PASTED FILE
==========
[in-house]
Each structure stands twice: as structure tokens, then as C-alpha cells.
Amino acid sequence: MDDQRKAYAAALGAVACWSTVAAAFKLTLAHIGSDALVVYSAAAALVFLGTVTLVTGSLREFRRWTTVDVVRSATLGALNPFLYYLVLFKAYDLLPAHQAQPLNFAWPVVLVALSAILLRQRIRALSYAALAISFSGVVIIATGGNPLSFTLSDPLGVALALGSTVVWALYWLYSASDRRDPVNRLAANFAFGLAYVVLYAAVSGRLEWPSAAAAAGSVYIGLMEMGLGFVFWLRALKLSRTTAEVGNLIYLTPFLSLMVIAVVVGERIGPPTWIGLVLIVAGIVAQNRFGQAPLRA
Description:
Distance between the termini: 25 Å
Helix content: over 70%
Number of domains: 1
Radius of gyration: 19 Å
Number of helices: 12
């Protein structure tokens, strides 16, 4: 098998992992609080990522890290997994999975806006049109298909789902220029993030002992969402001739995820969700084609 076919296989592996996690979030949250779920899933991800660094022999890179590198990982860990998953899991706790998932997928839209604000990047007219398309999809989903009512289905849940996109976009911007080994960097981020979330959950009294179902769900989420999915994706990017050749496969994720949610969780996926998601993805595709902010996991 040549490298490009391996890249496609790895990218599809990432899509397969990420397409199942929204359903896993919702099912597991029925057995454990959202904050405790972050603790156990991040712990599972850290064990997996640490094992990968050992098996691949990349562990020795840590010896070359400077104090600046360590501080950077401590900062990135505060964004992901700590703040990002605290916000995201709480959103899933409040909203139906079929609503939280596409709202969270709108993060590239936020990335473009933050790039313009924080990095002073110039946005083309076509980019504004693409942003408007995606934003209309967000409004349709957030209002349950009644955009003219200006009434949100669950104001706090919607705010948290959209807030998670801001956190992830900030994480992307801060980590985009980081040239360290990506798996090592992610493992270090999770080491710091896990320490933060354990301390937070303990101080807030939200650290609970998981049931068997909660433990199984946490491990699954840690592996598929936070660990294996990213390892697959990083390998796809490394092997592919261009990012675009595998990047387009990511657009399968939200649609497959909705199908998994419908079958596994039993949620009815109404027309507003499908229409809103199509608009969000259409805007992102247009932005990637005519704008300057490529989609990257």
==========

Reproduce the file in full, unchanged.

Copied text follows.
[in-house]
Each structure stands twice: as structure tokens, then as C-alpha cells.
Amino acid sequence: MDDQRKAYAAALGAVACWSTVAAAFKLTLAHIGSDALVVYSAAAALVFLGTVTLVTGSLREFRRWTTVDVVRSATLGALNPFLYYLVLFKAYDLLPAHQAQPLNFAWPVVLVALSAILLRQRIRALSYAALAISFSGVVIIATGGNPLSFTLSDPLGVALALGSTVVWALYWLYSASDRRDPVNRLAANFAFGLAYVVLYAAVSGRLEWPSAAAAAGSVYIGLMEMGLGFVFWLRALKLSRTTAEVGNLIYLTPFLSLMVIAVVVGERIGPPTWIGLVLIVAGIVAQNRFGQAPLRA
Description:
Distance between the termini: 25 Å
Helix content: over 70%
Number of domains: 1
Radius of gyration: 19 Å
Number of helices: 12
């Protein structure tokens, strides 16, 4: 098998992992609080990522890290997994999975806006049109298909789902220029993030002992969402001739995820969700084609 076919296989592996996690979030949250779920899933991800660094022999890179590198990982860990998953899991706790998932997928839209604000990047007219398309999809989903009512289905849940996109976009911007080994960097981020979330959950009294179902769900989420999915994706990017050749496969994720949610969780996926998601993805595709902010996991 040549490298490009391996890249496609790895990218599809990432899509397969990420397409199942929204359903896993919702099912597991029925057995454990959202904050405790972050603790156990991040712990599972850290064990997996640490094992990968050992098996691949990349562990020795840590010896070359400077104090600046360590501080950077401590900062990135505060964004992901700590703040990002605290916000995201709480959103899933409040909203139906079929609503939280596409709202969270709108993060590239936020990335473009933050790039313009924080990095002073110039946005083309076509980019504004693409942003408007995606934003209309967000409004349709957030209002349950009644955009003219200006009434949100669950104001706090919607705010948290959209807030998670801001956190992830900030994480992307801060980590985009980081040239360290990506798996090592992610493992270090999770080491710091896990320490933060354990301390937070303990101080807030939200650290609970998981049931068997909660433990199984946490491990699954840690592996598929936070660990294996990213390892697959990083390998796809490394092997592919261009990012675009595998990047387009990511657009399968939200649609497959909705199908998994419908079958596994039993949620009815109404027309507003499908229409809103199509608009969000259409805007992102247009932005990637005519704008300057490529989609990257």